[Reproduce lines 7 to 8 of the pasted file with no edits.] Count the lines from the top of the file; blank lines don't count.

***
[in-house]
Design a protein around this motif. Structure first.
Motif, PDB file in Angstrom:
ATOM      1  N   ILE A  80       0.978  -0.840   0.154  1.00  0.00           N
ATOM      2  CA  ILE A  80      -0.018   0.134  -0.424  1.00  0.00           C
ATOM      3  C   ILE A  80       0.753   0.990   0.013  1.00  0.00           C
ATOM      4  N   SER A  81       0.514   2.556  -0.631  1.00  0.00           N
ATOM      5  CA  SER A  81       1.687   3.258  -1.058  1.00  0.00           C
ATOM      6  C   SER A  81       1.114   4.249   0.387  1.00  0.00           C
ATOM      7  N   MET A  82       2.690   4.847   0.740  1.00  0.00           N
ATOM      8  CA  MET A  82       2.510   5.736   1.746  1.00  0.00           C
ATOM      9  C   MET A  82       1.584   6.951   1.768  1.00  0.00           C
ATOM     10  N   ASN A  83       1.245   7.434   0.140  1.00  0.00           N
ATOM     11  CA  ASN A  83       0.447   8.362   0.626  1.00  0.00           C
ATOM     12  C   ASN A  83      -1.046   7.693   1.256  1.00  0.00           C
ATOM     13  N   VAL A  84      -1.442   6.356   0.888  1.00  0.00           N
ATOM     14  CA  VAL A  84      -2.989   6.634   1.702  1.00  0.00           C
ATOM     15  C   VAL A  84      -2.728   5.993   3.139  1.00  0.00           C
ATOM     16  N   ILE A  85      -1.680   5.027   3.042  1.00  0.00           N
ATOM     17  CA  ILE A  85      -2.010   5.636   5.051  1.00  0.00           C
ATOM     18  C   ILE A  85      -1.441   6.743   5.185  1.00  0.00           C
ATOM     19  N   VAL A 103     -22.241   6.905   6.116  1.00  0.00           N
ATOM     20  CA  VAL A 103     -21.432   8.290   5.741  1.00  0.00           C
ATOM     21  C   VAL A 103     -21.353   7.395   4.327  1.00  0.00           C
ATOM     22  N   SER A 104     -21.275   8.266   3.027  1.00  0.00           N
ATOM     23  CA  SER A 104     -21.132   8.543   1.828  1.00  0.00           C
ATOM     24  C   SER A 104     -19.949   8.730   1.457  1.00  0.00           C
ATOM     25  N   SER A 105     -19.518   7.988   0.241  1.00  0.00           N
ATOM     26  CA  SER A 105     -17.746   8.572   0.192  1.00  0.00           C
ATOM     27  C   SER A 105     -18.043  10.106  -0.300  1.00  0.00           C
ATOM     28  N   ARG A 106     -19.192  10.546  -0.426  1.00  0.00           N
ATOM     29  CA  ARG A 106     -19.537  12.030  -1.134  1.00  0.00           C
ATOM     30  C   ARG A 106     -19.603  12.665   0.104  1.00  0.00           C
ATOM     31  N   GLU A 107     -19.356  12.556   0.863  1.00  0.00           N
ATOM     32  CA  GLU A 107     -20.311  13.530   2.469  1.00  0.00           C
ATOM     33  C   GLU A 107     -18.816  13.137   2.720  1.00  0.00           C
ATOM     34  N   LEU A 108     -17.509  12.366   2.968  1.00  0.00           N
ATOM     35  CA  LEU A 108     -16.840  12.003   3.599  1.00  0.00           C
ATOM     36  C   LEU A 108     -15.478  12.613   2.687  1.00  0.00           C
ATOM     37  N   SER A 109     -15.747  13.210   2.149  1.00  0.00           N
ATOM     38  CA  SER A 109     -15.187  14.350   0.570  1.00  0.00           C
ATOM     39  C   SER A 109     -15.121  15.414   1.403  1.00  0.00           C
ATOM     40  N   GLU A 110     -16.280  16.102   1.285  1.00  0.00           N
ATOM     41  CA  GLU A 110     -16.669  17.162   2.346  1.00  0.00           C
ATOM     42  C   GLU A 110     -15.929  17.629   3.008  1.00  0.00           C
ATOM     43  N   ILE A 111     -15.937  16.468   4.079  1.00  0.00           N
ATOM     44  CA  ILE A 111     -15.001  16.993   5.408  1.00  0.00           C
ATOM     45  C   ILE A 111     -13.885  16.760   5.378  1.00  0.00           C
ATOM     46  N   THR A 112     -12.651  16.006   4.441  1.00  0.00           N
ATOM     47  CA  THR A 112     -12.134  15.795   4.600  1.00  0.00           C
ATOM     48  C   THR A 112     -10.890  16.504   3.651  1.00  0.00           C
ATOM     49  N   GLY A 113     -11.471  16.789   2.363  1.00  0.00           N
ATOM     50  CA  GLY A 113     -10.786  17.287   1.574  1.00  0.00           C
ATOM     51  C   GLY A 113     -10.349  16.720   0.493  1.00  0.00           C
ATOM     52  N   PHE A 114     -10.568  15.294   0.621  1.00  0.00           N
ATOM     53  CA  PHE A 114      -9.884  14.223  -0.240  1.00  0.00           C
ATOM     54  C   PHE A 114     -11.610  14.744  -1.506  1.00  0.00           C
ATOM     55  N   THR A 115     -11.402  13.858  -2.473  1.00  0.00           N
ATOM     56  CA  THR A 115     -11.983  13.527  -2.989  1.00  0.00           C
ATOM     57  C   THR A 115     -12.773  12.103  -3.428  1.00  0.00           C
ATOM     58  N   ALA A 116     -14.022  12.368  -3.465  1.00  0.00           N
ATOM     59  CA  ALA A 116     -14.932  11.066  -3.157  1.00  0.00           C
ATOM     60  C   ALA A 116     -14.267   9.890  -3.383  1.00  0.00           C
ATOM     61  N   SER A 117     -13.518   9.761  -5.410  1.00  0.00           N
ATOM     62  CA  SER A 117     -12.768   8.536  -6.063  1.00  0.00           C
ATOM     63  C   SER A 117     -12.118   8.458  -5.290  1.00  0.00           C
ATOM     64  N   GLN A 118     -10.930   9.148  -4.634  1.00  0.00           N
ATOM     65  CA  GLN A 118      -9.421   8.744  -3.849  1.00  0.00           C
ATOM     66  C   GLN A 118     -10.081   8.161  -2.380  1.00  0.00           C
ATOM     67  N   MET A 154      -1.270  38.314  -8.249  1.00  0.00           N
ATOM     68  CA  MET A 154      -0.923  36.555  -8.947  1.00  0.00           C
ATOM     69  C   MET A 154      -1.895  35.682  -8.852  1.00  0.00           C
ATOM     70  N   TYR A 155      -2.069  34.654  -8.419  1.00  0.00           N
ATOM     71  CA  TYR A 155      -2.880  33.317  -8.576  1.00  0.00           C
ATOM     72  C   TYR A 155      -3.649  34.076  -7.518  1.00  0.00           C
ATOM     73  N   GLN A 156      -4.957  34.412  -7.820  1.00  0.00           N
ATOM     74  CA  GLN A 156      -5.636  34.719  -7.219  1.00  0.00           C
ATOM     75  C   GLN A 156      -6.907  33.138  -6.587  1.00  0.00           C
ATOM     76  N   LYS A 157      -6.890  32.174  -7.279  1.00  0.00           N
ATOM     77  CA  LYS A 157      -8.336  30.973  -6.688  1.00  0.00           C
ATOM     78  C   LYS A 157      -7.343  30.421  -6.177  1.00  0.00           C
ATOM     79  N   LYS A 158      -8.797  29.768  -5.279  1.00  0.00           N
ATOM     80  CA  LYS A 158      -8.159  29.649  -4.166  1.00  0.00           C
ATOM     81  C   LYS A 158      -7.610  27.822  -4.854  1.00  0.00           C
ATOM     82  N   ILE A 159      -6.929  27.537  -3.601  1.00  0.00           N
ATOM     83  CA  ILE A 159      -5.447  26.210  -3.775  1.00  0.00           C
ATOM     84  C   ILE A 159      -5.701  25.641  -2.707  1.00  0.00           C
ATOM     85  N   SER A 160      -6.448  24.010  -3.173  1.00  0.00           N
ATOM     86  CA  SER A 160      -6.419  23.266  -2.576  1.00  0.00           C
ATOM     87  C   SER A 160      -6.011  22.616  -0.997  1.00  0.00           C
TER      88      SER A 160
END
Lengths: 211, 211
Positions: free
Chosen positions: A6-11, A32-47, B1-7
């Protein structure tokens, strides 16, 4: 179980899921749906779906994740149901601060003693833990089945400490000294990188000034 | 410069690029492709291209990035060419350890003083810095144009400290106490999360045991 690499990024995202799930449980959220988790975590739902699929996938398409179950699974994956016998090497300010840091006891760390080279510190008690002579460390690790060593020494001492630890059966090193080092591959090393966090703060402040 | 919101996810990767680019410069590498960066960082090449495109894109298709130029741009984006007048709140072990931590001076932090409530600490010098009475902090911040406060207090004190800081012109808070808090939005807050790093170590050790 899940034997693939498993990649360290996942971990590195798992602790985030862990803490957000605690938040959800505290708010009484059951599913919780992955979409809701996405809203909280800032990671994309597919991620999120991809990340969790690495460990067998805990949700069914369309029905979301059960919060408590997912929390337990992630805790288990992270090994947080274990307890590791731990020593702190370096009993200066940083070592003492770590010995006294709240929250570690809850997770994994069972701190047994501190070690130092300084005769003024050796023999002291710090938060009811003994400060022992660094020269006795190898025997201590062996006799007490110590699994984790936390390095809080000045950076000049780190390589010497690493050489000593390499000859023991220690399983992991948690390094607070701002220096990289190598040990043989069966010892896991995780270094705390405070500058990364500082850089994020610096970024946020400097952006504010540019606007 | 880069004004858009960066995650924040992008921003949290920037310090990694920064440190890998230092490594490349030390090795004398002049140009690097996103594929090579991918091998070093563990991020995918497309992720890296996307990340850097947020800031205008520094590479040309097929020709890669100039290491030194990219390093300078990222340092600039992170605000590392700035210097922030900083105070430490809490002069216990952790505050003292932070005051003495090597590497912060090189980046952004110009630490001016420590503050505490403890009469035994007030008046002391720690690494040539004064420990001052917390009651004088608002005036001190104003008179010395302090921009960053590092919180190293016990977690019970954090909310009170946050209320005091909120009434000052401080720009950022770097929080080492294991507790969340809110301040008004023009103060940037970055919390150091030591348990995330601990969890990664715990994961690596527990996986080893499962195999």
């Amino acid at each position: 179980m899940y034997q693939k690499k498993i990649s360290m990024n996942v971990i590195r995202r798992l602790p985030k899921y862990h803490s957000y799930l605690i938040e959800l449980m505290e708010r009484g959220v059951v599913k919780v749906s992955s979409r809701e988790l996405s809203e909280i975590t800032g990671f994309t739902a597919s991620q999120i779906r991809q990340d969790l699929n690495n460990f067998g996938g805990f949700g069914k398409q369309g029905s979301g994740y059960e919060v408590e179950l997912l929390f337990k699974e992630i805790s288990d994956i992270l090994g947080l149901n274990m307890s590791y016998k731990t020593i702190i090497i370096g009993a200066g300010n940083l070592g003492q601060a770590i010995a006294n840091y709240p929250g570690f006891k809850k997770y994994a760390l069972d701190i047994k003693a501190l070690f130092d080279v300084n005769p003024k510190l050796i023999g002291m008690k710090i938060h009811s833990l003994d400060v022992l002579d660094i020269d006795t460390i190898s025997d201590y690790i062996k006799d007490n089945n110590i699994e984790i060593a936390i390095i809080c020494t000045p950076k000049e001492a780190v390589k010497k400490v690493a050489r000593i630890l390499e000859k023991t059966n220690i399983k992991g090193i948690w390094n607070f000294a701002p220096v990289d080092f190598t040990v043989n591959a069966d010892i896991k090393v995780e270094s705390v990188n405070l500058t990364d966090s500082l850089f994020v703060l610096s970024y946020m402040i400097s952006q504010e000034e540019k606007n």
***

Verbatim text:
ATOM      4  N   SER A  81       0.514   2.556  -0.631  1.00  0.00           N
ATOM      5  CA  SER A  81       1.687   3.258  -1.058  1.00  0.00           C